Why do they go there ?I will tell you
whyv the credlitors, and, the constables,
and the sheriffs go there. They are
some on their own account, and some
on account of the law stripping the
An ex-member of congress, one of
the most eloquent men that ever- stood
in the house of representatives, said in
his last mooments: '"This is the end.
I am dying-dying on a borrowed bed.
covered byv a borrowed sheet, in a
house built by public charity. Bury
me under that tree in the middle o~f
the f ield. wher-eI shall not be cr-owded,
for I have been crowded all my life."
Where were the jolly politicians and
the dissipating comrades who had been
with him laughing at his jokes, ap
plauding his eloquence and plunging
him into sin Thiey have left. Why
His money is gone, his reputation is
gone, his wit is gone, his clothes are
gone. everything is gone. Why
should they stay any longer-? They
have completed their work. They
have stripped the slain.
There is another way, however, of
doing that same work. Here is a man
who, through his sin, is prostrate. He
a-knowledges that he has done wrong.
Now is the time for you to go to that
man and sav, " Thousands of people
have been asfar astray as you are and
got back." Now is the time for you to
go to th-at man and tell him of the om
nipotent grace of God-that is sufhici
ent for- any poor soul. Now is the
tne to go to^ tell hinm how swearing
ihon Bunyan. through the grace
of God, after-ward came to the
celestial city. Now is the time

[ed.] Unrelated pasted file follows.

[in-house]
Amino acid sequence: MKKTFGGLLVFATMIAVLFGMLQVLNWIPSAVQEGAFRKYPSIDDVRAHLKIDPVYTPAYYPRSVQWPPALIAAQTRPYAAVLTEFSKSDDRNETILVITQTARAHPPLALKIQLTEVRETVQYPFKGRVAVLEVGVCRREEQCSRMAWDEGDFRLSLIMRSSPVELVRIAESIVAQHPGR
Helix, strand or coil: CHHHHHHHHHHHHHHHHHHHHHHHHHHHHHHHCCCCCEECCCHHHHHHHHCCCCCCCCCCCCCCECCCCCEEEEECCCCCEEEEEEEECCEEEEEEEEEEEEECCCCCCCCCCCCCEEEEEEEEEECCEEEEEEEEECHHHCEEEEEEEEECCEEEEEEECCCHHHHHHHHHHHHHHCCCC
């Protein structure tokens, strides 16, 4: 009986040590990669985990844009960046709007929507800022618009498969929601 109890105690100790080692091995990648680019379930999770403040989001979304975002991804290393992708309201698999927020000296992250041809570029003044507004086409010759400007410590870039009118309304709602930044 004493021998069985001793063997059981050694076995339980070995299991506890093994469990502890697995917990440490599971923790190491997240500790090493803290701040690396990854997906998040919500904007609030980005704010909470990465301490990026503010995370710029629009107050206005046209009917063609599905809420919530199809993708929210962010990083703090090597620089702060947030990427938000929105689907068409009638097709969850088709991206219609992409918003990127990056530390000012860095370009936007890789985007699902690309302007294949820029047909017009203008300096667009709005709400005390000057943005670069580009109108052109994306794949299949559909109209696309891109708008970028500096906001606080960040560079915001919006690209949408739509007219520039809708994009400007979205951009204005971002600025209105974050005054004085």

to go to' that man and tell
him how protligate Newton came,
through conversion, to a wornld -e
nowned preacher of righteousness.
Now is the time to tell that man that
multitudes who have been pounded
with all the lails of sin and dragged
through all the sewers of pollutioni at
last have risen to positivc dominion of
You do not tell him that do you?
No. You say to him: "Loan you
money No. You are down. You
will have to go to the dogs. Lend you
a dollar. I would not lend you 5
cents to keep you from the gallows.
You are debauched. Get out of my
sight now. Down. You will have to
stay down." And thus those bruised
and battered men are sometimes ac
costed by those who ought to to lilt
them up. Thus the last vestige of
houe is taken from them. Thus those
who ought to go and lift and save
them are guilty of stripping the slain.
The point I want to make is this:
Sin is hard. cruel and merciless. In
stead of helping a man up it helps him
down, and when. like Saul and his
comrades, you lie on the field, it will
come and steal your sword and helmet
and shield, leaving you to the jackal
But the world and satan do not do
all their work with the outcast and
abandoned. A respectable impenitent
man comes to die. He is flat on his
back. He could not get up if the nouse
was on fire. Adroitest medical skill
and gentlest nursing have been a fail
ure. He has come to his last hour.
What does satan do for such a man?
Why. he fetches up all the inapt, dis
agreeable and harrowing things in his
life. He says: "Do you remember
those chances you had for heaven and
missed them. Do you remember all
those lapses in conduct? Do you re
member all those opprobrious words
and thoughts and actions? Don't re
member them, eh? I'll make you re
member them." And then he takes all
the past and empties it on that death
bed as the mail bags are emptied on the
postoffice floor. The man is sick. He
cannot get away from them.
Then the man says to satan: "You
have deceived me. You told me that
all would be well. You said there
would be no trouble at the last. You
told me if I did so and so you would
do so and so. Now you corner me and